Seven Years War - Ranks Of The Common People (1995?)
While in college at a little school in Burlington, VT I was introduced to one of the smallest and coolest hardcore scenes known to the genre. Moo Cow records was the flagship label and, looking back, it seems they were actually quite influential in their own right. They released records from Grey Before My Eyes, Dive, Disembodied and they also released Burlingtons own take on Ebullition records, Seven Years War. The extremely political Seven Years War released only a smattering of things, this full length being one of them. Previously they released the John Brown 7" with the amazing song Convenience of Ignorance (which was later covered by the punk band Heckle which was formed by an early member of Seven Years War.)
Seven Years War sounded like Groundwork covering Chokehold. (Or maybe Chokehold covering Groundwork.) So what that means to you is jagged and/or chaotic sections of furious ultra political hardcore backed with maniacally heavy breakdowns of a similar ultra political nature. Simply put, the descriptions dont do too much justice, because the War had their own sound of sorts. While on one hand they tended toward basic metal, on the other was a math-rock powerhouse blanketed within the harsh folds of hardcore ideology. It was always fun to see them play because the music intrinsically had power that made you want to move, but it was hard to actually get a groove going, and then they drop would a ton of bricks on your head and the whole dance floor would erupt, like, "Finally!!! I can windmill to this!!!" Lol!
But it was a sight to see. When they pulled out the whistle and screamer Jonathon Hughes was blowing that thing like his head was going to explode, man. I wish I could convey some experiences to video. Just hook a cable up to the ole noggin and download memories. And they were skinny, well read college kids from UVM just hamming it up all serious. I unfortunately dont have the lyrics anymore as I relinquished my hold on many of my CD cases as they were super cumbersome after years of moving, but needless to say there is nothing funny about any of the lyrics and they, like so many other, thought they could change the world. Themes of anti-imperialism and natives rights run rampant and riffs galore will make you a firm believer that you too can change the world with a whistle and a guitar.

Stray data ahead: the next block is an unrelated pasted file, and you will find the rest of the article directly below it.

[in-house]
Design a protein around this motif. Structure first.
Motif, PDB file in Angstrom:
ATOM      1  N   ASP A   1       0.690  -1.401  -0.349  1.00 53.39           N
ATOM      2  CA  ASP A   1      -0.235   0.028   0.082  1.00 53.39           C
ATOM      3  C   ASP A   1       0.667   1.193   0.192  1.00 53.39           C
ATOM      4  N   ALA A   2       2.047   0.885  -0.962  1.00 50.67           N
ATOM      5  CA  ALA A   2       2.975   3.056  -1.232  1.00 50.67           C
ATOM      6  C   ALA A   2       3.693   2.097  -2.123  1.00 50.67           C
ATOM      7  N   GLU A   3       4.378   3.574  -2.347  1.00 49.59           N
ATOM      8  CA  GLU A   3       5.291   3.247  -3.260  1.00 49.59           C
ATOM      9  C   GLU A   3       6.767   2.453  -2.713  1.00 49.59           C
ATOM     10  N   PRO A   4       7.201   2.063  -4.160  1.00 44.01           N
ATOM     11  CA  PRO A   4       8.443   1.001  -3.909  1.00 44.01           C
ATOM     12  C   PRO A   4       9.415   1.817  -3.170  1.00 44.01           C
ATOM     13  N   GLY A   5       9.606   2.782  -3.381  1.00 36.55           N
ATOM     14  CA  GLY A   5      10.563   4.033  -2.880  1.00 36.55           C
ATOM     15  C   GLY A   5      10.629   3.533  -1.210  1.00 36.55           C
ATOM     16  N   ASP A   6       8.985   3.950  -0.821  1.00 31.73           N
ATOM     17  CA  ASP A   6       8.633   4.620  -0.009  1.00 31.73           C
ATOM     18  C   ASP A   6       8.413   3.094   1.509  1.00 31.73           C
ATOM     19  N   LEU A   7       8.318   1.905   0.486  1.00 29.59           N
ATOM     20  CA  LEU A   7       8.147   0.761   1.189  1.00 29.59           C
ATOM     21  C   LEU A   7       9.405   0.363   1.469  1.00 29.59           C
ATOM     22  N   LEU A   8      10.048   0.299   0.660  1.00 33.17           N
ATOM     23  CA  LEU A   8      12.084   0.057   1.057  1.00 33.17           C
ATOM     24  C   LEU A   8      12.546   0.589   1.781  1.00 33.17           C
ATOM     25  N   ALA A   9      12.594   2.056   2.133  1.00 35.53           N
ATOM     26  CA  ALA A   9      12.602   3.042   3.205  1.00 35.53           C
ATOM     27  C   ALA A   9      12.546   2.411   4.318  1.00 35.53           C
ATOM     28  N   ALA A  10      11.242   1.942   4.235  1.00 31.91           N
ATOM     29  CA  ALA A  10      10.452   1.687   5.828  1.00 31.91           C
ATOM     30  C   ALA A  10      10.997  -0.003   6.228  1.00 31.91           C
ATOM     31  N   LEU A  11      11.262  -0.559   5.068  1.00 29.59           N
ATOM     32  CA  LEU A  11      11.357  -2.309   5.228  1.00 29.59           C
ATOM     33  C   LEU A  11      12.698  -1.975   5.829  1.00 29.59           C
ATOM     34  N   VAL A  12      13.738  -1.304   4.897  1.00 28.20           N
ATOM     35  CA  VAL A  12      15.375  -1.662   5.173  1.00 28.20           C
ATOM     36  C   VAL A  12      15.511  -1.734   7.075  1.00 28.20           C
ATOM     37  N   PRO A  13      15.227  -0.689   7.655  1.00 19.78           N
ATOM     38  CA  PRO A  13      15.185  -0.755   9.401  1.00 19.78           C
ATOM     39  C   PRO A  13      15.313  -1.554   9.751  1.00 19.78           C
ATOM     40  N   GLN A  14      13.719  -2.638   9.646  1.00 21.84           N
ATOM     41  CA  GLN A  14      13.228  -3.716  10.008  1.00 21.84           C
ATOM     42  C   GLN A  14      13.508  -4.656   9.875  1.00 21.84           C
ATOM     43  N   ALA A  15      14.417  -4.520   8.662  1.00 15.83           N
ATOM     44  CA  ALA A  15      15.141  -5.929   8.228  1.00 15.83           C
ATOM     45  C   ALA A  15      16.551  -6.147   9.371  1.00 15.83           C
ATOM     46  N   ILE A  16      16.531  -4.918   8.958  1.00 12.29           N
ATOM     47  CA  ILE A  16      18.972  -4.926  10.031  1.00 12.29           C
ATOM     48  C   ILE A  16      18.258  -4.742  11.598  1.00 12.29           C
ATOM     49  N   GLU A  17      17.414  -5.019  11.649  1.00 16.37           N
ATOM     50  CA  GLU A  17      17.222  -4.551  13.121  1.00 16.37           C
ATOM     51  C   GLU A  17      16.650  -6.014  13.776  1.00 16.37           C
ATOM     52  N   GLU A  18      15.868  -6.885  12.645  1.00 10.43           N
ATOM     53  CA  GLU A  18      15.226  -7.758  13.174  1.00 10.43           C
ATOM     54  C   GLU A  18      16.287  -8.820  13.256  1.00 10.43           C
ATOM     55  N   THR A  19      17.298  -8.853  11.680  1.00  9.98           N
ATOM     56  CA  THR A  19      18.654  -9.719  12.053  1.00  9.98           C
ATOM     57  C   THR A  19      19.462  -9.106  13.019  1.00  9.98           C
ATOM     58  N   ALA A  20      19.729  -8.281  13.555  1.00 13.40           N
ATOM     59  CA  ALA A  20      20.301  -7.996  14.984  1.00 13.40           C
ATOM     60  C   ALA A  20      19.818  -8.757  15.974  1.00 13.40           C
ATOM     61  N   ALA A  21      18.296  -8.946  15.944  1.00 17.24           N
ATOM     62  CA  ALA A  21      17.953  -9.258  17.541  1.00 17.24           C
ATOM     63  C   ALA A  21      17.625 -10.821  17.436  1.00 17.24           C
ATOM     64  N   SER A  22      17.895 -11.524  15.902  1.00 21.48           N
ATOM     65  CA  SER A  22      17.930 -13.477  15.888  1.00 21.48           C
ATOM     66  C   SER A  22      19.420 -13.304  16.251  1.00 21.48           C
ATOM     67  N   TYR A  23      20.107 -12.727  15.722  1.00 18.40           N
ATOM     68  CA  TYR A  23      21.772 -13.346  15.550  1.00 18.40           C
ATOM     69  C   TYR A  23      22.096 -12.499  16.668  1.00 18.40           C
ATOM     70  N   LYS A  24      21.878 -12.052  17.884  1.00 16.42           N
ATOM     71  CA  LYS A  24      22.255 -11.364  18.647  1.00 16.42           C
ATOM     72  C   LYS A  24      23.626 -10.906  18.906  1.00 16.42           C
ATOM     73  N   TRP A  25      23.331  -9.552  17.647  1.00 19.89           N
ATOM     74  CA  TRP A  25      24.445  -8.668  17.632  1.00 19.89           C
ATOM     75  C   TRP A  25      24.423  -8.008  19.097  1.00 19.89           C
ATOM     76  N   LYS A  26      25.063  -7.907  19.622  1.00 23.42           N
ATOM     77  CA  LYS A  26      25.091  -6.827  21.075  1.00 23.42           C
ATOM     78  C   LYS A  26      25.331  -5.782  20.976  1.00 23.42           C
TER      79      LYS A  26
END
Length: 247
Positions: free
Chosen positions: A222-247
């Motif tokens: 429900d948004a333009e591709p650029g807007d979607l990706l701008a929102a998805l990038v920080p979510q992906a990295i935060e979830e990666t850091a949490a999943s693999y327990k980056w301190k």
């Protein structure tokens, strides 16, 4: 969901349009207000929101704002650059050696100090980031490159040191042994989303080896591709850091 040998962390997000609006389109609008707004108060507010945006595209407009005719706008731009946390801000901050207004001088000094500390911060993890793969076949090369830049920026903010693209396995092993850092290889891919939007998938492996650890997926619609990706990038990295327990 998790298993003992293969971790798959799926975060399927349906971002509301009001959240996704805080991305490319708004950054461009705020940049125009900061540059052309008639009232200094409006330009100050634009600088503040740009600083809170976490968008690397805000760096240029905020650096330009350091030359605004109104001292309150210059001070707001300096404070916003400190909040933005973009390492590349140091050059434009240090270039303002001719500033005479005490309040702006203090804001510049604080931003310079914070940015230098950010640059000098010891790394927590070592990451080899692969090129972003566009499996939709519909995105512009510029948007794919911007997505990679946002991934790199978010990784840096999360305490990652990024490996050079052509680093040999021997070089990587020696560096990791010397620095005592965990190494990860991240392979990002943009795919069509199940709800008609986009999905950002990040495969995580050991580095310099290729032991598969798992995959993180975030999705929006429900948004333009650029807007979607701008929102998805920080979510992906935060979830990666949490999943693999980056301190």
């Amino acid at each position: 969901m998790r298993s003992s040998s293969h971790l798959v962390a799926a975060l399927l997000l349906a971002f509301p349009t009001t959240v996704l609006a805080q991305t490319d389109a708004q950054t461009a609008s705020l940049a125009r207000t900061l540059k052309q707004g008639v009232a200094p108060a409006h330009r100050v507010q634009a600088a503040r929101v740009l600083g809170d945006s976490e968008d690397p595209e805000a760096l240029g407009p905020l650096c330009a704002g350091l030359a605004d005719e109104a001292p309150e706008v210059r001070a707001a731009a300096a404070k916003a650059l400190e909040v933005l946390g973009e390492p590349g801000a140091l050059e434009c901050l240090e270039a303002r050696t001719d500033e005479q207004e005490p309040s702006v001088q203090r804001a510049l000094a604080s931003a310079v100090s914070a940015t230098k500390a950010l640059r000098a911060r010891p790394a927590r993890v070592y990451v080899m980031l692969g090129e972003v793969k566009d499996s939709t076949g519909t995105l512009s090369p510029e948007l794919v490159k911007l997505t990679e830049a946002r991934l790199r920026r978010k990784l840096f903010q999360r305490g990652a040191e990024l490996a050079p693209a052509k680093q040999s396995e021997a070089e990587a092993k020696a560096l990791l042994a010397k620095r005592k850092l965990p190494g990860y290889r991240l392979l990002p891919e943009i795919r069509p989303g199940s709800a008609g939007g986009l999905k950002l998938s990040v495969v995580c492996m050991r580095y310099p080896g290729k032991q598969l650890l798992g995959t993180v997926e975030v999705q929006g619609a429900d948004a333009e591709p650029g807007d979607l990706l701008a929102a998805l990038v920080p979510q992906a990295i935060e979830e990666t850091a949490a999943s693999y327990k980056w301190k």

My bet to you, wonderful readers, best readers on the net, is if you like the description above, if you like Groundwork, Chokehold, or early Ebullition records releases, then you will eat this shit up and smile while you chew. Chances are Hibakusha will make you want to mosh in your living room, Caged will make you jump up and down, Native Crown will make you want to go say sorry to Native Americans and Nrubaidem will make you froth at the mouth.
PS. Moo Cow Records still exists and they have releases coming out this year. Go pay them a visit.